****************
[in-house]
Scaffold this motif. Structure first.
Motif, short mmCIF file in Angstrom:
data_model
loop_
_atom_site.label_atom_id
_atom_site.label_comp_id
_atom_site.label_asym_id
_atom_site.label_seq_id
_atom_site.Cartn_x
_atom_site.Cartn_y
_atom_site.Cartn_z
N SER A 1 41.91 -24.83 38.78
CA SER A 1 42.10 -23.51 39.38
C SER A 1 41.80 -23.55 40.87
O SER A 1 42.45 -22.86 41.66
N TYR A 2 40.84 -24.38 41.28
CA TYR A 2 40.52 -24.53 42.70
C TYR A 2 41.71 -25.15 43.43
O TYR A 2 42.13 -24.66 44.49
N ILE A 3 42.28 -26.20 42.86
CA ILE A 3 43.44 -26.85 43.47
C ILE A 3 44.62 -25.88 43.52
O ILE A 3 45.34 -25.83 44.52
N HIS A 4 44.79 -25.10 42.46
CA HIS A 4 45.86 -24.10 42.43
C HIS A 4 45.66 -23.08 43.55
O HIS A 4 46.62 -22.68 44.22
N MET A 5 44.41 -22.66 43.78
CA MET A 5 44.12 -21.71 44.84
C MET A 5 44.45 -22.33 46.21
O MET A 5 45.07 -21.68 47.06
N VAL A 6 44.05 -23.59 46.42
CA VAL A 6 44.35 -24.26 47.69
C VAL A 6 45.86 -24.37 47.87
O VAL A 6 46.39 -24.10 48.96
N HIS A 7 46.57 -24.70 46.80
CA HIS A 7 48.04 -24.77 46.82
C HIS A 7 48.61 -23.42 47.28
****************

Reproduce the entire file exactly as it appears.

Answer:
[in-house]
Scaffold this motif. Structure first.
Motif, short mmCIF file in Angstrom:
data_model
loop_
_atom_site.label_atom_id
_atom_site.label_comp_id
_atom_site.label_asym_id
_atom_site.label_seq_id
_atom_site.Cartn_x
_atom_site.Cartn_y
_atom_site.Cartn_z
N SER A 1 41.91 -24.83 38.78
CA SER A 1 42.10 -23.51 39.38
C SER A 1 41.80 -23.55 40.87
O SER A 1 42.45 -22.86 41.66
N TYR A 2 40.84 -24.38 41.28
CA TYR A 2 40.52 -24.53 42.70
C TYR A 2 41.71 -25.15 43.43
O TYR A 2 42.13 -24.66 44.49
N ILE A 3 42.28 -26.20 42.86
CA ILE A 3 43.44 -26.85 43.47
C ILE A 3 44.62 -25.88 43.52
O ILE A 3 45.34 -25.83 44.52
N HIS A 4 44.79 -25.10 42.46
CA HIS A 4 45.86 -24.10 42.43
C HIS A 4 45.66 -23.08 43.55
O HIS A 4 46.62 -22.68 44.22
N MET A 5 44.41 -22.66 43.78
CA MET A 5 44.12 -21.71 44.84
C MET A 5 44.45 -22.33 46.21
O MET A 5 45.07 -21.68 47.06
N VAL A 6 44.05 -23.59 46.42
CA VAL A 6 44.35 -24.26 47.69
C VAL A 6 45.86 -24.37 47.87
O VAL A 6 46.39 -24.10 48.96
N HIS A 7 46.57 -24.70 46.80
CA HIS A 7 48.04 -24.77 46.82
C HIS A 7 48.61 -23.42 47.28